All of the examples of Kafka | producers show the ProducerRecord's key/value pair as not only being the same type (all examples show <String,String>), but the same value. For example:

producer.send(new ProducerRecord<String, String>("someTopic", Integer.toString(i), Integer.toString(i)));

But in the Kafka docs, I can't seem to find where the key/value concept (and its underlying purpose/utility) is explained. In traditional messaging (ActiveMQ, RabbitMQ, etc.) I've always fired a message at a particular topic/queue/exchange. But Kafka is the first broker that seems to require key/value pairs instead of just a regulare 'ole string message.

So I ask: What is the purpose/usefulness of requiring producers to send KV pairs?

  • Conceptually, an event has a key, value, timestamp, and optional metadata headers. Here's an example event: Event key: "Alice" Event value: "Made a payment of $200 to Bob" Event timestamp: "Jun. 25, 2020 at 2:06 p.m."
    – nihar
    Commented Jun 25, 2021 at 18:28

3 Answers 3


Kafka uses the abstraction of a distributed log that consists of partitions. Splitting a log into partitions allows to scale-out the system.

Keys are used to determine the partition within a log to which a message get's appended to. While the value is the actual payload of the message. The examples are actually not very "good" with this regard; usually you would have a complex type as value (like a tuple-type or a JSON or similar) and you would extract one field as key.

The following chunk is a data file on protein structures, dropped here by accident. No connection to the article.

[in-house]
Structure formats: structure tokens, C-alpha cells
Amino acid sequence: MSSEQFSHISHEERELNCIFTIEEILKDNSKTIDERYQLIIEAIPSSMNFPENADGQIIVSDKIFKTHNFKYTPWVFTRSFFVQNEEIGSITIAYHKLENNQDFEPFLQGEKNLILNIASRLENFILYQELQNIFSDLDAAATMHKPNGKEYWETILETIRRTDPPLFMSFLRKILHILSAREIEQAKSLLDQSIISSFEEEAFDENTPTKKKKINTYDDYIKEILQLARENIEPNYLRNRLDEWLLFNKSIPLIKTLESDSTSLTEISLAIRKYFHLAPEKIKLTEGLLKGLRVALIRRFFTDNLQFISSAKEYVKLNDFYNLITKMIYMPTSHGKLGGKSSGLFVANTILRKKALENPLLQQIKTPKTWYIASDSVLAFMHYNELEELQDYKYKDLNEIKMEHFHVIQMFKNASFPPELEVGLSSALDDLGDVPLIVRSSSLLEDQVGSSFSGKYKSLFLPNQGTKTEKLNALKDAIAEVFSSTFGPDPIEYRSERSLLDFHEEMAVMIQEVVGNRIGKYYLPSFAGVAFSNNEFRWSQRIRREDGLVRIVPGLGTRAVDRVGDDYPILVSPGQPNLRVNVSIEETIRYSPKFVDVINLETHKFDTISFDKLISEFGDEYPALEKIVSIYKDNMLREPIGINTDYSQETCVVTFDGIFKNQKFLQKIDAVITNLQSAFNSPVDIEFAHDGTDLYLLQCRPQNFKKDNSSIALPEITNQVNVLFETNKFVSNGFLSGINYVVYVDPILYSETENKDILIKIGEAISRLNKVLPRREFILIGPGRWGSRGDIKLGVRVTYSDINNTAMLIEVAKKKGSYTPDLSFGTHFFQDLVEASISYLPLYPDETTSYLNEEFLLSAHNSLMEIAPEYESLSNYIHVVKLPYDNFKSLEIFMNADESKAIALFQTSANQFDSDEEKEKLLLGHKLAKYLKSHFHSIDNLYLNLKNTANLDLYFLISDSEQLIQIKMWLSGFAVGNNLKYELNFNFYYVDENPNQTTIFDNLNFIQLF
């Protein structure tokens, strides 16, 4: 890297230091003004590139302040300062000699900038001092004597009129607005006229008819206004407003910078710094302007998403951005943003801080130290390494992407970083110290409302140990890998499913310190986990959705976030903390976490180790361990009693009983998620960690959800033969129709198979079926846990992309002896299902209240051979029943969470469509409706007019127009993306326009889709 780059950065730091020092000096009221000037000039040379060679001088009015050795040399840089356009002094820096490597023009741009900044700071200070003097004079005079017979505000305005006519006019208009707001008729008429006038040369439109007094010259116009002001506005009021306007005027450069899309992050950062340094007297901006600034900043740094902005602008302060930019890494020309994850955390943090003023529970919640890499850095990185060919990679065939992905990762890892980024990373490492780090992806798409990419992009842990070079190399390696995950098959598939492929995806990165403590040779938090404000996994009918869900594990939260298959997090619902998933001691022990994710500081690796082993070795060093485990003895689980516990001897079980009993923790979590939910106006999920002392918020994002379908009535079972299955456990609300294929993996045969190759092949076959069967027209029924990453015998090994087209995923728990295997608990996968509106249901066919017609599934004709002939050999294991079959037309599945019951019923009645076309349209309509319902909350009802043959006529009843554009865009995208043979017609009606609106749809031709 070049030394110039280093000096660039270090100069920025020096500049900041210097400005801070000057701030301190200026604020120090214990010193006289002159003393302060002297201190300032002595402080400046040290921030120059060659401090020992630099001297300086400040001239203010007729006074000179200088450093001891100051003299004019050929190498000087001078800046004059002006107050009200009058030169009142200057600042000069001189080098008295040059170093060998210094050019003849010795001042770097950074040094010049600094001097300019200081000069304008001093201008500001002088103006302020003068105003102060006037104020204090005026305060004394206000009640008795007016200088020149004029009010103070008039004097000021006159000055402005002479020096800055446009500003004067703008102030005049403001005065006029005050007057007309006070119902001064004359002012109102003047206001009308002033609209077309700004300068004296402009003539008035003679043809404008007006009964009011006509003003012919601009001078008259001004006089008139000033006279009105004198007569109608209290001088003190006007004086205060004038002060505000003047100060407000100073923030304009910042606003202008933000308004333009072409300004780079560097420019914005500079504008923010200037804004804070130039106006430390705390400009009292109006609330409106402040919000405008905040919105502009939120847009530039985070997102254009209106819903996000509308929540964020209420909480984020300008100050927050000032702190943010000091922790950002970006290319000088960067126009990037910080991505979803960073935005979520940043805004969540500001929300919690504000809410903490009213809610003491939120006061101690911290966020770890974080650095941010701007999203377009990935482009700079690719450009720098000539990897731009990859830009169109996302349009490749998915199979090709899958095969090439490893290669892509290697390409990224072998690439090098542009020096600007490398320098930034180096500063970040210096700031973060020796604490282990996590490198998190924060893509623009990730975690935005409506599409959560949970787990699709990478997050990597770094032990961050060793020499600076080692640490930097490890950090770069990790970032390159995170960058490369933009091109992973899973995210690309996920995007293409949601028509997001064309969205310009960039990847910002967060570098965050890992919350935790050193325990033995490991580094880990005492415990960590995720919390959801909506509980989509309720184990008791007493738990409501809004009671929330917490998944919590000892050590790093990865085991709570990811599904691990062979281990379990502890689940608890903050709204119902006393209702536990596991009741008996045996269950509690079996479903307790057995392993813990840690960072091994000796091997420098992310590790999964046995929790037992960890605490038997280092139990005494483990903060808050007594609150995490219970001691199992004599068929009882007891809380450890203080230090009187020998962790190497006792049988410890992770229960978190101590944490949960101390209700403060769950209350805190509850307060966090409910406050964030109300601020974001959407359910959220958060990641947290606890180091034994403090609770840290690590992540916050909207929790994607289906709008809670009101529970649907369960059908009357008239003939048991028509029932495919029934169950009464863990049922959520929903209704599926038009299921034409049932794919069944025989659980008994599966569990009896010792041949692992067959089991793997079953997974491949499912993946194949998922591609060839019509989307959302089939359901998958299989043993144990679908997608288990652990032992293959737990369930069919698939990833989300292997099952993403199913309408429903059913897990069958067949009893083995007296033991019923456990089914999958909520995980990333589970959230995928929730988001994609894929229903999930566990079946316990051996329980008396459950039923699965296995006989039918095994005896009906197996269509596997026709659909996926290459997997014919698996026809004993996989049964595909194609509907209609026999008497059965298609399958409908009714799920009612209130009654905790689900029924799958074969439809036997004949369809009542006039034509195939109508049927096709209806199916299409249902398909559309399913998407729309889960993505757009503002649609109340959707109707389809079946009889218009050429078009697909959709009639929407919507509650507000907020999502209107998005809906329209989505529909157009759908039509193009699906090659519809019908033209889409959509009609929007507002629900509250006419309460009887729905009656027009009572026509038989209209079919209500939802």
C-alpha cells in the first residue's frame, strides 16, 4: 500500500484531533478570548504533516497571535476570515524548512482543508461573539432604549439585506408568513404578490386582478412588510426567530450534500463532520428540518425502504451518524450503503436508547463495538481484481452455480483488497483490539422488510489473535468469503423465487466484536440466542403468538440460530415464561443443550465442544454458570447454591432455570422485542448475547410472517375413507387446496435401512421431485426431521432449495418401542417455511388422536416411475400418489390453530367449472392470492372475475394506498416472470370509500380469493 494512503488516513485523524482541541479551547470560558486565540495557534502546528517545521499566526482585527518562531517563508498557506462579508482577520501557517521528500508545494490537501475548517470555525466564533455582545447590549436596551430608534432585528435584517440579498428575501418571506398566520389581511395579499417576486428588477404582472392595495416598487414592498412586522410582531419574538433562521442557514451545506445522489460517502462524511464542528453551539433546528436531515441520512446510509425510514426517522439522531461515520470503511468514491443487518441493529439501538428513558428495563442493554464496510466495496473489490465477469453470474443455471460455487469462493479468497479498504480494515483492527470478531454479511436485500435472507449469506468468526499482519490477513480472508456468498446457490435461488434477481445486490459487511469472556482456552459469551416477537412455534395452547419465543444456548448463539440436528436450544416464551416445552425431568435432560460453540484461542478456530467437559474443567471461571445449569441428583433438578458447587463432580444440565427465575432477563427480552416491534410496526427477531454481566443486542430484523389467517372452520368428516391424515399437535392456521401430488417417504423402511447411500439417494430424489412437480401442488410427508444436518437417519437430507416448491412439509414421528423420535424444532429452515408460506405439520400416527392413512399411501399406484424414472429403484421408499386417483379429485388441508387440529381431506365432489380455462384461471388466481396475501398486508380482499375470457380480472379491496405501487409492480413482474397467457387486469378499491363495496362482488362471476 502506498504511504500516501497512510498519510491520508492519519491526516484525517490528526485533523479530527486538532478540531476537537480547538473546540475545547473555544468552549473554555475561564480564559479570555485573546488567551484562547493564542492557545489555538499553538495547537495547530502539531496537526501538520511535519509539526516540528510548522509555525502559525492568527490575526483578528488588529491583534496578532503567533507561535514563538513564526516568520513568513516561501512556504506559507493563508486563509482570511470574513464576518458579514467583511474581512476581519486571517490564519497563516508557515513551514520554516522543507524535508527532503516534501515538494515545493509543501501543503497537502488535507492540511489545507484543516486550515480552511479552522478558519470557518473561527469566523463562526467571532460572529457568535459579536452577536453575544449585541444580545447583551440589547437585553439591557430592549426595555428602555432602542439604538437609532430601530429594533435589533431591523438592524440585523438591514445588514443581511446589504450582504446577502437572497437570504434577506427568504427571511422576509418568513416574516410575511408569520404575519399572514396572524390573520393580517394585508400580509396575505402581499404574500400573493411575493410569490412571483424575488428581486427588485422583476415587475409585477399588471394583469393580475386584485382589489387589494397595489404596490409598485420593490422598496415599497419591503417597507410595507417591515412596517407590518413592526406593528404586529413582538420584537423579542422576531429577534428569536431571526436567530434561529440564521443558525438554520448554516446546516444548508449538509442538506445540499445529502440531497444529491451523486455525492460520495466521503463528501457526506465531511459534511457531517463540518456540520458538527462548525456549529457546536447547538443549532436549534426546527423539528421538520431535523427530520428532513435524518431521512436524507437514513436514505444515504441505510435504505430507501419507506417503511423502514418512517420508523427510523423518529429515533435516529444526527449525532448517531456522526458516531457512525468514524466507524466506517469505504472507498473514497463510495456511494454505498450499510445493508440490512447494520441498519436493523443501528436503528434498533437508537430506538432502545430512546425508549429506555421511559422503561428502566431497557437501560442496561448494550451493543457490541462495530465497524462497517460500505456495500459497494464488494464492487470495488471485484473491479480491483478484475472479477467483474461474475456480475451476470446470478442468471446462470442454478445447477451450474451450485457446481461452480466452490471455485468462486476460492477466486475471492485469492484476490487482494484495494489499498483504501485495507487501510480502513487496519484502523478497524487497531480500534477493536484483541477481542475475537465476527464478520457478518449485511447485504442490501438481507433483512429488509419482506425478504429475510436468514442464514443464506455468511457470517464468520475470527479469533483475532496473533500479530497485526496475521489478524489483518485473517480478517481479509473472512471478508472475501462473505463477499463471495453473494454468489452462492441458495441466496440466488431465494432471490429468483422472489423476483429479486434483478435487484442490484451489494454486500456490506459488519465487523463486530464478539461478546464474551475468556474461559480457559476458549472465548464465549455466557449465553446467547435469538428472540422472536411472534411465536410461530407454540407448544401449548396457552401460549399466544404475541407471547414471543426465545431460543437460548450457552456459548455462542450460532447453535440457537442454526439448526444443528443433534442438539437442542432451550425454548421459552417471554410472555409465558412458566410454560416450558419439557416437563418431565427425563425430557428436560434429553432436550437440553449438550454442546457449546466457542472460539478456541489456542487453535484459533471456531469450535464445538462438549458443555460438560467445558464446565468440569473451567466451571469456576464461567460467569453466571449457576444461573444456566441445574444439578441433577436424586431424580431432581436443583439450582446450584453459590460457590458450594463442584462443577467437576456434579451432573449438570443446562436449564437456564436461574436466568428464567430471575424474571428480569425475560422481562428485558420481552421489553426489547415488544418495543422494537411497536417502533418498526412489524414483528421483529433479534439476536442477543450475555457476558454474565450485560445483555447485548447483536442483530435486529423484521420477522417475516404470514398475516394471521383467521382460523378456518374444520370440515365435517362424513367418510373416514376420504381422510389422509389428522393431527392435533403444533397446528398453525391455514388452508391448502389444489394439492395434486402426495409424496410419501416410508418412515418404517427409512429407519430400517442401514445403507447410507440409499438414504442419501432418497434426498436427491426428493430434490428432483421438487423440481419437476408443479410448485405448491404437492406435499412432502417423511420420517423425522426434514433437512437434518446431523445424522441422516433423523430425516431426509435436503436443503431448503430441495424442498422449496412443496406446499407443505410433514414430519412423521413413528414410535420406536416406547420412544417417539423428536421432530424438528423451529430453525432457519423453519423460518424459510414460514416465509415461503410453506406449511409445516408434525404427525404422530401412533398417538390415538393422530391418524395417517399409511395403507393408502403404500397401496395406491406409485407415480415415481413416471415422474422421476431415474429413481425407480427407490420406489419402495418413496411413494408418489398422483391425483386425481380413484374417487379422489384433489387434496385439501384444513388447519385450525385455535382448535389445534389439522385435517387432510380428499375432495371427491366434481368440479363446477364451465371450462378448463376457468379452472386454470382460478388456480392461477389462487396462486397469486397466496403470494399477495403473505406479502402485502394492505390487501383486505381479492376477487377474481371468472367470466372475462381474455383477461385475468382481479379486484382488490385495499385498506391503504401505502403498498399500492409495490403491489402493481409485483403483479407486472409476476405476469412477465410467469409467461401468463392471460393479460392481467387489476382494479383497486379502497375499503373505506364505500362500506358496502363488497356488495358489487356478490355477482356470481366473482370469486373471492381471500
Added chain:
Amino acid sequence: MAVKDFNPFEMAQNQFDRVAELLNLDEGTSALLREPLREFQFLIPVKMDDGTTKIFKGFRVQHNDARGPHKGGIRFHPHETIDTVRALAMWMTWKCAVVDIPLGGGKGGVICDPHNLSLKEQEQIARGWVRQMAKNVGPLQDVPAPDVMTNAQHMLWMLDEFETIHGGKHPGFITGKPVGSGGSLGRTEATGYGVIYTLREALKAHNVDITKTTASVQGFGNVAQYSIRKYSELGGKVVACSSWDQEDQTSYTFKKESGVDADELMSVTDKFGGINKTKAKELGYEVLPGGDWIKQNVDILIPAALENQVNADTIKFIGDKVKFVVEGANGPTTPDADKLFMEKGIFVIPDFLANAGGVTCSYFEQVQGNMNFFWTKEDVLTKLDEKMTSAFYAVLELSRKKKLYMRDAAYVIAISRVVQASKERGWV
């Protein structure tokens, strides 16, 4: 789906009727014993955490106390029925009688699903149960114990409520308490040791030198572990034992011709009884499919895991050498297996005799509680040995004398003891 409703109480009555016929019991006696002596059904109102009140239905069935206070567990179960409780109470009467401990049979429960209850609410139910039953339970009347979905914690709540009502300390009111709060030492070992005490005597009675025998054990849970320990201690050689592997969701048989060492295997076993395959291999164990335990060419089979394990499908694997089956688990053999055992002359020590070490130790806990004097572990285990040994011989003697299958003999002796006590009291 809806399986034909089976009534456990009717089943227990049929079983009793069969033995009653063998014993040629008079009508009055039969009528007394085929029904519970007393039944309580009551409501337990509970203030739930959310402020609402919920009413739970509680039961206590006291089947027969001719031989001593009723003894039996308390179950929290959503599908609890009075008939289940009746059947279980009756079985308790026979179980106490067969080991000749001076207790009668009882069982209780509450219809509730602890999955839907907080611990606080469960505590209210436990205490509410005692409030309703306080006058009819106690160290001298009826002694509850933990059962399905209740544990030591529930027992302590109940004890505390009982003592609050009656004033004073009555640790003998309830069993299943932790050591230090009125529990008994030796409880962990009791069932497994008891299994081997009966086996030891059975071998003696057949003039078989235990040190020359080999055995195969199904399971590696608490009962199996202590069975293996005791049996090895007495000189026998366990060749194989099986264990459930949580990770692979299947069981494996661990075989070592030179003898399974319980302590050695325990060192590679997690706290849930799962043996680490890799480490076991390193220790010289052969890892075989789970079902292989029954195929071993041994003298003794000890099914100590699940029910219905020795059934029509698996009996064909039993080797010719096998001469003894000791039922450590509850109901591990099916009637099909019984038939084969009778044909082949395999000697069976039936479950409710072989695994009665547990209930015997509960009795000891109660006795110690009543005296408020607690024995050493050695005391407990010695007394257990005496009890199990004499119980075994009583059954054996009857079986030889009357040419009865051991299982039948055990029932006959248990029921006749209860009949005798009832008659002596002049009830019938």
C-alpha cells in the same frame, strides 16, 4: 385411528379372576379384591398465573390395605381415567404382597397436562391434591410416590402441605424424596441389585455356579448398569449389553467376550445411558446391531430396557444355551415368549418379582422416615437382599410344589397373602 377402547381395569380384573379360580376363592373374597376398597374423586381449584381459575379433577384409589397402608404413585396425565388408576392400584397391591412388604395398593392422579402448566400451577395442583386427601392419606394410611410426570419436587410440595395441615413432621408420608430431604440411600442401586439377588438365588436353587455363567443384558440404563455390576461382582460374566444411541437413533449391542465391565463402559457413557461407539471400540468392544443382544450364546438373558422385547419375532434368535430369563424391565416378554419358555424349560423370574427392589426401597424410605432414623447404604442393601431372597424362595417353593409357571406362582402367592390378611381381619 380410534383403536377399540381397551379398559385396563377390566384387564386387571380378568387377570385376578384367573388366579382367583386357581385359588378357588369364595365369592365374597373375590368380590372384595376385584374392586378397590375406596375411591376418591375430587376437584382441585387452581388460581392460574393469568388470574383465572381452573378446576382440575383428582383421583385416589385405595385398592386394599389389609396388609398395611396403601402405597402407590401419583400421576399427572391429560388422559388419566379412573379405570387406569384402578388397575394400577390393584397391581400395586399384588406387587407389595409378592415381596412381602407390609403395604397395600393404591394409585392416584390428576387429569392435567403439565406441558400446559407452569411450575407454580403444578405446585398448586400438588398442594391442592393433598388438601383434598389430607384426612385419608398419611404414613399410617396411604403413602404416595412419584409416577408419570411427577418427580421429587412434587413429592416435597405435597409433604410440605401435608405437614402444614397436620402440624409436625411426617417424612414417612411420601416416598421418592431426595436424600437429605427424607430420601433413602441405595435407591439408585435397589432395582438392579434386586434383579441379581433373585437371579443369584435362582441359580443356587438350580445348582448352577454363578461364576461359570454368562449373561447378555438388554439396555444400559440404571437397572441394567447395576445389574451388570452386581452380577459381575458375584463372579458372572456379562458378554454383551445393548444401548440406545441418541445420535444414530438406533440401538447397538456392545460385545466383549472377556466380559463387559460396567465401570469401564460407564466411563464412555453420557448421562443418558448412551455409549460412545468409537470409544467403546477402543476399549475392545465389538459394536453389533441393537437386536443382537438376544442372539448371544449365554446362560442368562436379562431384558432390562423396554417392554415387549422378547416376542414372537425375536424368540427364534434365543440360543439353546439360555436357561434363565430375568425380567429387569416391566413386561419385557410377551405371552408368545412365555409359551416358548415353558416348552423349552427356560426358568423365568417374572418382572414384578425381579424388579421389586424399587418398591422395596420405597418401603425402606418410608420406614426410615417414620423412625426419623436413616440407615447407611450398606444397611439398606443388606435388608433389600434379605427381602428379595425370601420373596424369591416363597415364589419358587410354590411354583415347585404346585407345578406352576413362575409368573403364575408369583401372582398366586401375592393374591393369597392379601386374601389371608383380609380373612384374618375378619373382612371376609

See: http://kafka.apache.org/intro#intro_topics and http://kafka.apache.org/intro#intro_producers

In general the key and/or value can be null, too. If the key is null a random partition will the selected. If the value is null it can have special "delete" semantics in case you enable log-compaction instead of log-retention policy for a topic (http://kafka.apache.org/documentation#compaction).

  • 3
    And notably, keys also play a relevant part in the streaming API of Kafka, with KStream and KTable - see here.
    – reim
    Commented Sep 12, 2017 at 13:04
  • 17
    Keys can be used to determine the partition, but it's just a default strategy of the producer. Ultimately, it is the producer who chooses which partition to use.
    – gvo
    Commented Nov 6, 2017 at 11:49
  • @gvo Does the key have more uses?
    – leoconco
    Commented Jun 6, 2018 at 22:41
  • 1
    It can be used to keep only one instance of a message per key, as mentioned in the log compaction link. I don't know about other use-cases.
    – gvo
    Commented Jun 7, 2018 at 16:57
  • 4
    If you specify the partition parameter it will be used, and the key will be "ignored" (or course, the key will still be written into the topic). -- This allows you to have a customized partitioning even if you have keys. Commented Sep 13, 2018 at 16:28

Late addition... Specifying the key so that all messages on the same key go to the same partition is very important for proper ordering of message processing if you will have multiple consumers in a consumer group on a topic.

Without a key, two messages on the same key could go to different partitions and be processed by different consumers in the group out of order.


Another interesting use case

We could use the key attribute in Kafka topics for sending user_ids and then can plug in a consumer to fetch streaming events (events stored in value attributes). This could allow you to process any max-history of user event sequences for creating features in your machine learning models.

I still have to find out if this is possible or not. Will keep updating my answer with further details.

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